Understand 802.11 wireless network settings
Network name (SSID)
By default, the device looks for the wireless network name or SSID named "hpsetup."
Your network may have a different SSID.
There are two communication mode options:
Ad hoc: On an ad hoc network, the device is set to ad hoc communication mode
and communicates directly with other wireless devices without the use of a WAP.
All devices on the ad hoc network must:
Be 802.11 compatible
Have ad hoc as the communication mode
Have the same network name (SSID)
Configure and manage
Be on the same subnet and same channel
Have the same 802.11 security settings
Infrastructure (recommended): On an infrastructure network, the device is set to
infrastructure communication mode and communicates with other devices on the
network, whether the devices are wired or wireless, through a WAP. WAPs
commonly act as routers or gateways on small networks.
For the available settings for the device, see
Understand the network
For more information on wireless security, visit
Network authentication: The device's factory default setting is 'Open,' which
does not require security for authorization or encryption. The other possible values
are 'OpenThenShared,' 'Shared,' and 'WPA-PSK' (Wi-Fi
Protected Access Pre-
WPA increases the level of over-the-air data protection and access control on
existing and future Wi-Fi networks. It addresses all known weaknesses of WEP,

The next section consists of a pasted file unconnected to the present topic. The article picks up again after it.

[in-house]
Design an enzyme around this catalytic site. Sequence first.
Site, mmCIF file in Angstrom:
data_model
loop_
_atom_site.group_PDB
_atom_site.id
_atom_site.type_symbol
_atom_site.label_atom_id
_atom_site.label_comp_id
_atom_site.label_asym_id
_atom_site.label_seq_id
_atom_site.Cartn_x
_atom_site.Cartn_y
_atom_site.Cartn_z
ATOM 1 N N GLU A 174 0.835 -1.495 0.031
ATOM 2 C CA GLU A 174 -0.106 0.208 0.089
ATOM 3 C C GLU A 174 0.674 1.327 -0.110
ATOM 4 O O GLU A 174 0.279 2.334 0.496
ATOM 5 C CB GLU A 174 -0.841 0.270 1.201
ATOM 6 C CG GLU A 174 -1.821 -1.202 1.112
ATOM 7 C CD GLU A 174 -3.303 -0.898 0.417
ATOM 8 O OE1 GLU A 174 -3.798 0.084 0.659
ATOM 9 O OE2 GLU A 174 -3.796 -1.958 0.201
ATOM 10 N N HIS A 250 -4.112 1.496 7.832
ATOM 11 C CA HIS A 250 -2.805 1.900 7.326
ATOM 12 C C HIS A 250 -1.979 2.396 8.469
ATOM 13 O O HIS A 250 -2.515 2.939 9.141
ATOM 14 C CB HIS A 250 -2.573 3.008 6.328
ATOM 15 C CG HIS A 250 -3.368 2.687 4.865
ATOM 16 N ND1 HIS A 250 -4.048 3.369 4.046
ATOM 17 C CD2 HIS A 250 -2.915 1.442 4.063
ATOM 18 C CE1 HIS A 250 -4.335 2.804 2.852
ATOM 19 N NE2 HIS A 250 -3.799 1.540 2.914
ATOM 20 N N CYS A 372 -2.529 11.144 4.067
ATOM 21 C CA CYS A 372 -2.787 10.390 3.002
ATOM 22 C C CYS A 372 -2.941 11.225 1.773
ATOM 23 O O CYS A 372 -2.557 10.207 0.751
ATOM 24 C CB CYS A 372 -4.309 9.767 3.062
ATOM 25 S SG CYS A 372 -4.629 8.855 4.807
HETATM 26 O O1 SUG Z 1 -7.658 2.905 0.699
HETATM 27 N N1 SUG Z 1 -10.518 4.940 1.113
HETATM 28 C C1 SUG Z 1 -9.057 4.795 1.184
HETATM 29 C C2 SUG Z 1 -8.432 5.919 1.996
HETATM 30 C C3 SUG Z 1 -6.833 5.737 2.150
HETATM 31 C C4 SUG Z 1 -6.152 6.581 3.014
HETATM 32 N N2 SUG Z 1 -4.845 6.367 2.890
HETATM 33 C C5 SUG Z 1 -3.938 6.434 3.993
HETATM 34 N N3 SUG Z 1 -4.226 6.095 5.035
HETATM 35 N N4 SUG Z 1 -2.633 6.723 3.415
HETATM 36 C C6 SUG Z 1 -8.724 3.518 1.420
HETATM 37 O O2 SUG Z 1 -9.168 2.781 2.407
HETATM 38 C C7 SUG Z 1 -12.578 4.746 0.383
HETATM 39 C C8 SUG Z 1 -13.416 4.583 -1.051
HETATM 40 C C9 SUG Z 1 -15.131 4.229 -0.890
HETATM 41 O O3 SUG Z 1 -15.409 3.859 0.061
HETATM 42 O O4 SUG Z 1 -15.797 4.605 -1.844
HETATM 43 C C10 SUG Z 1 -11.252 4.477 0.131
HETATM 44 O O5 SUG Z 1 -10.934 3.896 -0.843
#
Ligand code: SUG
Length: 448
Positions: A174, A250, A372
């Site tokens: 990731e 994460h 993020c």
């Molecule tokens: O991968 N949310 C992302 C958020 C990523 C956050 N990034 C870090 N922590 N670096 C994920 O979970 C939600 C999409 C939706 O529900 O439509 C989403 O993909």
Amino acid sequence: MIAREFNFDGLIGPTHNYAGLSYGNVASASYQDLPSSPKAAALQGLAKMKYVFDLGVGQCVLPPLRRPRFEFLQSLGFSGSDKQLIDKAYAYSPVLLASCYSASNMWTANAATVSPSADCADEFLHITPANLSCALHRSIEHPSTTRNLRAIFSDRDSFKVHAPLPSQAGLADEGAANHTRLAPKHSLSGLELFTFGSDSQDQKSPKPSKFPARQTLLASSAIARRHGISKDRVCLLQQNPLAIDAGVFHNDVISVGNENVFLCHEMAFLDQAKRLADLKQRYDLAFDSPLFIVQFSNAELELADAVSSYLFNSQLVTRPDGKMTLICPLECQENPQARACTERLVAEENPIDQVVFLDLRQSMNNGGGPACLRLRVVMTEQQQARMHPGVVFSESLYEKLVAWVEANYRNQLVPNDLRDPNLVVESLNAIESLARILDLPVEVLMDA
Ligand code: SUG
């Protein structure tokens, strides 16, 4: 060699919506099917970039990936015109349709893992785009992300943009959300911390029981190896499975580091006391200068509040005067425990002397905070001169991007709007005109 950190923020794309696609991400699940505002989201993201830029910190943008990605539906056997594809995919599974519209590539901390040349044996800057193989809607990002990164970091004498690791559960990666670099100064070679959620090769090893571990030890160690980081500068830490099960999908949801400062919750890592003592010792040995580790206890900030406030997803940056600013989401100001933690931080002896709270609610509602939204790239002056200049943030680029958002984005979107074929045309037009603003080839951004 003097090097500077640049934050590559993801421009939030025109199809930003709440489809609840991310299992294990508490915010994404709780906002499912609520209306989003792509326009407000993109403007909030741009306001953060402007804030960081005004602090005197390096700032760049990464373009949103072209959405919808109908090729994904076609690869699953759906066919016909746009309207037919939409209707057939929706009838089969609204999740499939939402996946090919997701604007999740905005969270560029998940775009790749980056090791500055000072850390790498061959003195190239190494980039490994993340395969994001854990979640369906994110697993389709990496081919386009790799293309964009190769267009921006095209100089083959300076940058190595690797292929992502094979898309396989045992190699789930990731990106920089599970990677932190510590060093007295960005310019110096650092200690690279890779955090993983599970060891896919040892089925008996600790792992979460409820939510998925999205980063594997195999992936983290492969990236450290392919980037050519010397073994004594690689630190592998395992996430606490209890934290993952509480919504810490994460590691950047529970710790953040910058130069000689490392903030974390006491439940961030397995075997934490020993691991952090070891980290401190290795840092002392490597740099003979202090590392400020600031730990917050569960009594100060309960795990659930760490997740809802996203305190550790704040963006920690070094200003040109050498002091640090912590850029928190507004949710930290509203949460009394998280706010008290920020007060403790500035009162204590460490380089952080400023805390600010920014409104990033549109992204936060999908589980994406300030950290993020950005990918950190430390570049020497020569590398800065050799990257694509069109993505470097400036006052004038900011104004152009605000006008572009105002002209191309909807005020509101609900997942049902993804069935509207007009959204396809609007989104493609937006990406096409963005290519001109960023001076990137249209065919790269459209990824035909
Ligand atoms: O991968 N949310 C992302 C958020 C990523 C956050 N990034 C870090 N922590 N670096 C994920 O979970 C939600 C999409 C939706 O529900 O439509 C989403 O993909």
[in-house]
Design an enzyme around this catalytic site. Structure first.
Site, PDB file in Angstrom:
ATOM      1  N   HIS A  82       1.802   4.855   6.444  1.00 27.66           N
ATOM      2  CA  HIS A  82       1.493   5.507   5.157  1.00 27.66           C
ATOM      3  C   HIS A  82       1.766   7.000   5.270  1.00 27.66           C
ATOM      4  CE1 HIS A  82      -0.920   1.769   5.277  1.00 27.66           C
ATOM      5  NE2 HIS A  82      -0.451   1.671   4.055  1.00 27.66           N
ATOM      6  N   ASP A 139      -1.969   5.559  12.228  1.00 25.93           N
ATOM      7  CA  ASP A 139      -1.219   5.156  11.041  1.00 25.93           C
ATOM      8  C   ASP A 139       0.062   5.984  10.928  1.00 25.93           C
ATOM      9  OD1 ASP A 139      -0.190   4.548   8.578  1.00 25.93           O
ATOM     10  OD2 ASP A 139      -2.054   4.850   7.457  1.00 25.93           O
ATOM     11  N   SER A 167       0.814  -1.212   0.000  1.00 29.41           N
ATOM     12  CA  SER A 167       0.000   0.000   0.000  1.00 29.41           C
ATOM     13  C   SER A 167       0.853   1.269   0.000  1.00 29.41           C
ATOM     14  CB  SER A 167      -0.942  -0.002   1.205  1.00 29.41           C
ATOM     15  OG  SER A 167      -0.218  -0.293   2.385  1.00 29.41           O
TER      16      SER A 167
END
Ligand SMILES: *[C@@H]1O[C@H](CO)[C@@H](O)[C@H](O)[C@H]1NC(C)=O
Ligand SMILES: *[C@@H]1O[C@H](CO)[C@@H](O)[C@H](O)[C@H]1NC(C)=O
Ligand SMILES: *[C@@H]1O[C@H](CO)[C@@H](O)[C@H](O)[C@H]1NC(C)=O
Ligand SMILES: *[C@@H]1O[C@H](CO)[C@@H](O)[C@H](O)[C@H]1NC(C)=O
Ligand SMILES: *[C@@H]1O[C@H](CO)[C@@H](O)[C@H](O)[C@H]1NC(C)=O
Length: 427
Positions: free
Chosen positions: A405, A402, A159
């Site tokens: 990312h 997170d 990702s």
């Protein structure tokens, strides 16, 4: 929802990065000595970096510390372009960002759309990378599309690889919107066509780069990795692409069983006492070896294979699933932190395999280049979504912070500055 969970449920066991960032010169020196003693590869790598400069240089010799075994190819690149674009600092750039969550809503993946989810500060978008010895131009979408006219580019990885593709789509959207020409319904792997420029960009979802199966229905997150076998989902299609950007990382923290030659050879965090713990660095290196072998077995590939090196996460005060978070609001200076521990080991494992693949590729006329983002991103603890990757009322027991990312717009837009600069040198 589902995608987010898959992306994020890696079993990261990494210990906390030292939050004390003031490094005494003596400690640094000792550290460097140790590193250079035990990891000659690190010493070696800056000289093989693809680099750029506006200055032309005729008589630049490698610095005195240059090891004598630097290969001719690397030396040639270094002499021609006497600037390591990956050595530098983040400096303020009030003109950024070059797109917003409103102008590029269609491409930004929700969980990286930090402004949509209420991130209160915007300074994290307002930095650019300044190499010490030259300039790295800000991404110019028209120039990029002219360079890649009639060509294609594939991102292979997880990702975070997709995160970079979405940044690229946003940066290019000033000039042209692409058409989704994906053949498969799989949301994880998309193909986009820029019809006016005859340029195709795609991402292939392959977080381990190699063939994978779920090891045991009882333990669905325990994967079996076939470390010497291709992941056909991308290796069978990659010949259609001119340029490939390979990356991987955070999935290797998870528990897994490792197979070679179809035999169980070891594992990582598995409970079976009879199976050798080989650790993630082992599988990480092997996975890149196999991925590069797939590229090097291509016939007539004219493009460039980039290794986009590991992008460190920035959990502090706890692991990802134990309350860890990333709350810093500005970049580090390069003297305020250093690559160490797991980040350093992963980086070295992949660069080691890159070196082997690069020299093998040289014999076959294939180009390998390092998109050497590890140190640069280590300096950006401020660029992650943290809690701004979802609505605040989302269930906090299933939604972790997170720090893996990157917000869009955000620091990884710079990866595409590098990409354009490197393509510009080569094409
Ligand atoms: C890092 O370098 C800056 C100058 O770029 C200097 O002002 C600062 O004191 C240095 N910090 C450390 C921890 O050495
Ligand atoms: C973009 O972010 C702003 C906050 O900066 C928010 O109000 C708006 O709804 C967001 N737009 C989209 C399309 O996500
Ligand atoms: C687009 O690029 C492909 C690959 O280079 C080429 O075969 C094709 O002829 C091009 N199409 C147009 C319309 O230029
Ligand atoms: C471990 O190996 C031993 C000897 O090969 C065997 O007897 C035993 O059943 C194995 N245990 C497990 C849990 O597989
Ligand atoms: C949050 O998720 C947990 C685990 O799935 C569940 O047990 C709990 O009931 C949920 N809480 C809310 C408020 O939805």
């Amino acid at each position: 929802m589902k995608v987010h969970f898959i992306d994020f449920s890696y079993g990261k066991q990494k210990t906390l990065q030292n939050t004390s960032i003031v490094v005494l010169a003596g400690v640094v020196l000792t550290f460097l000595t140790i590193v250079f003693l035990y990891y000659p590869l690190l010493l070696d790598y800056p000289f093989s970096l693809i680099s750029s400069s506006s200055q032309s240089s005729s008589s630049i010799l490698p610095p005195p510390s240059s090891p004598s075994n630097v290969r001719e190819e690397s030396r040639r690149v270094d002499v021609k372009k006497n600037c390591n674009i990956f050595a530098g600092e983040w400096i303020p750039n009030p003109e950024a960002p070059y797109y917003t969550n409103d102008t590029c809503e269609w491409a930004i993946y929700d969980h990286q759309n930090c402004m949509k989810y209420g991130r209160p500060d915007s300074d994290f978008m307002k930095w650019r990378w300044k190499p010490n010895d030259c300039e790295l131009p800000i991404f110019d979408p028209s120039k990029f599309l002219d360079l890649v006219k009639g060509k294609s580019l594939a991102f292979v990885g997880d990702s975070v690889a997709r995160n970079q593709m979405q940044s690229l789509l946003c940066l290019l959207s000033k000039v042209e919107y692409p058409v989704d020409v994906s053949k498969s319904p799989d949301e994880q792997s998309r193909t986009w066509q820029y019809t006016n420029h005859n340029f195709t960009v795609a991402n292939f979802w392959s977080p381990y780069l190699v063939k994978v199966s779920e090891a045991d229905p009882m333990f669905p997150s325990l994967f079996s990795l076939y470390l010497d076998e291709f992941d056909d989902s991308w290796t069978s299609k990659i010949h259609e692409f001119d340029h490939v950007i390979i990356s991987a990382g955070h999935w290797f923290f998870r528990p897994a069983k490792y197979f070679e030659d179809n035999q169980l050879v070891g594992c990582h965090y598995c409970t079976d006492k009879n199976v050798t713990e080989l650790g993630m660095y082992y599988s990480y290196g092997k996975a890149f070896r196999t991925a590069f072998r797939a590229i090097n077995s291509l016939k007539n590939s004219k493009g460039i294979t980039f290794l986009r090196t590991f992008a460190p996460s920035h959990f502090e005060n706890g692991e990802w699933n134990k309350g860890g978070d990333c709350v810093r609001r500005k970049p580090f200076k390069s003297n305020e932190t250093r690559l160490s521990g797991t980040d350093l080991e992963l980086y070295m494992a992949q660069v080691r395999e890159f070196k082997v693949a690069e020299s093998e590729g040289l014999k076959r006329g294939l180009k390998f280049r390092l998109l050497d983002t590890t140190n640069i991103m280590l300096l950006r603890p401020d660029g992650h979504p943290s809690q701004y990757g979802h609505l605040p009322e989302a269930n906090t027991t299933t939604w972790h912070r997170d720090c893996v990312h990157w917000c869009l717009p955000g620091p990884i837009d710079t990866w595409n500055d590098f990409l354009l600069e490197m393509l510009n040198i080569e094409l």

the original native security mechanism in the 802.11 standard.
WPA2 is the second generation of WPA security; it provides enterprise and
consumer Wi-Fi users with a high level of assurance that only authorized users
can access their wireless networks.
Wired Equivalent Privacy (WEP) provides security by encrypting data sent over
radio waves from one wireless device to another wireless device. Devices on a
WEP-enabled network use WEP keys to encode data. If your network uses
WEP, you must know the WEP key(s) it uses.
WPA uses the Temporal Key Integrity Protocol (TKIP) for encryption and
employs 802.1X authentication with one of the standard Extensible
Authentication Protocol (EAP) types available today.
WPA2 provides a new encryption scheme, the Advanced Encryption Standard
(AES). AES is defined in counter cipher-block chaining mode (CCM) and
supports the Independent Basic Service Set (IBSS) to enable security between
client workstations operating in ad hoc mode.